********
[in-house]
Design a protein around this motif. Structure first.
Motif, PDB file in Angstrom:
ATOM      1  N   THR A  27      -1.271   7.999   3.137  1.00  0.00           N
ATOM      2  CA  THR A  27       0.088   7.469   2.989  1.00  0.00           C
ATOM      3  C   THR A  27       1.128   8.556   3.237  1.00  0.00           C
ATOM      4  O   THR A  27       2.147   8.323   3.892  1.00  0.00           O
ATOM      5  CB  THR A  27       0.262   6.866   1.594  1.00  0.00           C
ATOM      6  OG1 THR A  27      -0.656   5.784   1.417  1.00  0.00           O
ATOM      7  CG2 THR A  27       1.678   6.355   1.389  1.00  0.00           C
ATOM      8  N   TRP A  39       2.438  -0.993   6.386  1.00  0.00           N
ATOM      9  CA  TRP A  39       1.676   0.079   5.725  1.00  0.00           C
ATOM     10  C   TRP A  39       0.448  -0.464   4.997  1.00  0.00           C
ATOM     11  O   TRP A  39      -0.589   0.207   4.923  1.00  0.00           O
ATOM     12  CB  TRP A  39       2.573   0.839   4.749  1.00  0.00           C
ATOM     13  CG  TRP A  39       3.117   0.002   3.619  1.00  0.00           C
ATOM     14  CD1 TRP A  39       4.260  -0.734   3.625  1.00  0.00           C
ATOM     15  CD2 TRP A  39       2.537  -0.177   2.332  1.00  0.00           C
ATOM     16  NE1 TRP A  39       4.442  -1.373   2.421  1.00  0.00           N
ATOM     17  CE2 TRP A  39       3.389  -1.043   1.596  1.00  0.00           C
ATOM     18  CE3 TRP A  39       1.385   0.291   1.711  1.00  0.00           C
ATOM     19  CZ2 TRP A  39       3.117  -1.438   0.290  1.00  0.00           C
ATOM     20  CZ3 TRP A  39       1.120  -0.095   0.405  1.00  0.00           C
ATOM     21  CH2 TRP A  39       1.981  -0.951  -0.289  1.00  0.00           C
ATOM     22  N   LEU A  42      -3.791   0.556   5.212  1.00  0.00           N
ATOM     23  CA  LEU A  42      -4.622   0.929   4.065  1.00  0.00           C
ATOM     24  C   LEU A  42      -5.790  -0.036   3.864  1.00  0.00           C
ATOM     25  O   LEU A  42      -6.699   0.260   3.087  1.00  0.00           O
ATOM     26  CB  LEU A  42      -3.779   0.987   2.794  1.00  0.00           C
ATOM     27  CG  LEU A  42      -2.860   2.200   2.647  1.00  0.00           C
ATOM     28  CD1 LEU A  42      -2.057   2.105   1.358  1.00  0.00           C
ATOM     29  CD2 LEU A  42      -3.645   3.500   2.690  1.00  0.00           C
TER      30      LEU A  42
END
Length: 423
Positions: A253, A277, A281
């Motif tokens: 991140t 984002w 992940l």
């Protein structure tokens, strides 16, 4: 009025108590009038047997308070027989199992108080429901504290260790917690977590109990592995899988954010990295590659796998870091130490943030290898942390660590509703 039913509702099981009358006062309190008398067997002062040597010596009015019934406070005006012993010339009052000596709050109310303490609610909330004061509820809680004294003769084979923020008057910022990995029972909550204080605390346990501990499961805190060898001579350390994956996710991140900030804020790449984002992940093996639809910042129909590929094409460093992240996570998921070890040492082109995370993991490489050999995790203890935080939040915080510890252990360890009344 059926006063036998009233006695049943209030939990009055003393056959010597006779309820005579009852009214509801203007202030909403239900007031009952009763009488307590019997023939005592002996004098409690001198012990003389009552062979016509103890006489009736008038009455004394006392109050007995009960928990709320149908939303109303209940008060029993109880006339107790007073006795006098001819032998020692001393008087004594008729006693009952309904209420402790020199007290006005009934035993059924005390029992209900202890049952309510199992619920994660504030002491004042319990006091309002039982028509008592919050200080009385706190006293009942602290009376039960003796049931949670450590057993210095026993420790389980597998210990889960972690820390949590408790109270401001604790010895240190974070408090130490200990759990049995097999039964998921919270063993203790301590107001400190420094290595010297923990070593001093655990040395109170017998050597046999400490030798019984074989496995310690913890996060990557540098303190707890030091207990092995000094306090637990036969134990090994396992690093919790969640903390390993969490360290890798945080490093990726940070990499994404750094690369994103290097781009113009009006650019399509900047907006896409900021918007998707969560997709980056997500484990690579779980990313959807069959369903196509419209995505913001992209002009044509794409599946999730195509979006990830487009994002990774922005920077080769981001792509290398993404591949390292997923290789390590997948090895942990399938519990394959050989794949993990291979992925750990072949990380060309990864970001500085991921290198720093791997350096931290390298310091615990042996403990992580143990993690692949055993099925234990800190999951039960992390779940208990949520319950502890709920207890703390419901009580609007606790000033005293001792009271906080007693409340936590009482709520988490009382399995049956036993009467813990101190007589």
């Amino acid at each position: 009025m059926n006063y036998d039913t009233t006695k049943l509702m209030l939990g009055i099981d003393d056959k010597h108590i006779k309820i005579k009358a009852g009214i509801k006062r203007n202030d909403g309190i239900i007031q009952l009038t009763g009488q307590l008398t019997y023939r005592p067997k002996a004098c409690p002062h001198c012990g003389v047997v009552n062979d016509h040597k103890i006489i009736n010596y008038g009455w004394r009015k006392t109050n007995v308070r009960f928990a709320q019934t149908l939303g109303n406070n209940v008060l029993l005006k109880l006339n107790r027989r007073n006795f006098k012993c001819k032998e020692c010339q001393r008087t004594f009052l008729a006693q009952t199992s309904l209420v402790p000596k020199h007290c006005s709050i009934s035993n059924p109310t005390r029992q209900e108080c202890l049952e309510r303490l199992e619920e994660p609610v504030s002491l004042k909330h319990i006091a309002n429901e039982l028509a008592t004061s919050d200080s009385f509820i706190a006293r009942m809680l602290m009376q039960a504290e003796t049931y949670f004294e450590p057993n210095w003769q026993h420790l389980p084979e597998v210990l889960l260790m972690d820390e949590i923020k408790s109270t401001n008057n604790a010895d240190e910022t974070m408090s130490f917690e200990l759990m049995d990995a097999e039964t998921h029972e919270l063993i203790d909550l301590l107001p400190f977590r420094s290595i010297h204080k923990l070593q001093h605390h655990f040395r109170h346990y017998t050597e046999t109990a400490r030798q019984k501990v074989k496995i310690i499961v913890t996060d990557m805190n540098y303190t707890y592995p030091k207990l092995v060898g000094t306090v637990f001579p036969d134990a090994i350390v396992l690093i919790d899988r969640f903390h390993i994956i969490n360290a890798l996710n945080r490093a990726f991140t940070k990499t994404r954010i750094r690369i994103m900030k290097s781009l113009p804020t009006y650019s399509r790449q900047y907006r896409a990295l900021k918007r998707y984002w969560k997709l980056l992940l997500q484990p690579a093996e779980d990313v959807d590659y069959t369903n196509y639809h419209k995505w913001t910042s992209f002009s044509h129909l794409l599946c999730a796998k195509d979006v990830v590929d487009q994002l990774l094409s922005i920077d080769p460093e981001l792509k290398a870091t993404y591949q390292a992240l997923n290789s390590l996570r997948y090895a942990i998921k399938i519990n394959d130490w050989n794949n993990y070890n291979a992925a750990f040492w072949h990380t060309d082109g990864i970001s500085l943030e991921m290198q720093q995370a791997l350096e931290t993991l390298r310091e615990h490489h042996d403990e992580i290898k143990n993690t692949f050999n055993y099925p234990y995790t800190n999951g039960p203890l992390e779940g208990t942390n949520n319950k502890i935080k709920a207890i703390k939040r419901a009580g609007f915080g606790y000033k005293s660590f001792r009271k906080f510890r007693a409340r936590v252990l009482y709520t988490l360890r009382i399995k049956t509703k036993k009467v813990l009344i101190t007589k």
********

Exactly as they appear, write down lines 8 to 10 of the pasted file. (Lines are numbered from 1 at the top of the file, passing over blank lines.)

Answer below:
ATOM      5  CB  THR A  27       0.262   6.866   1.594  1.00  0.00           C
ATOM      6  OG1 THR A  27      -0.656   5.784   1.417  1.00  0.00           O
ATOM      7  CG2 THR A  27       1.678   6.355   1.389  1.00  0.00           C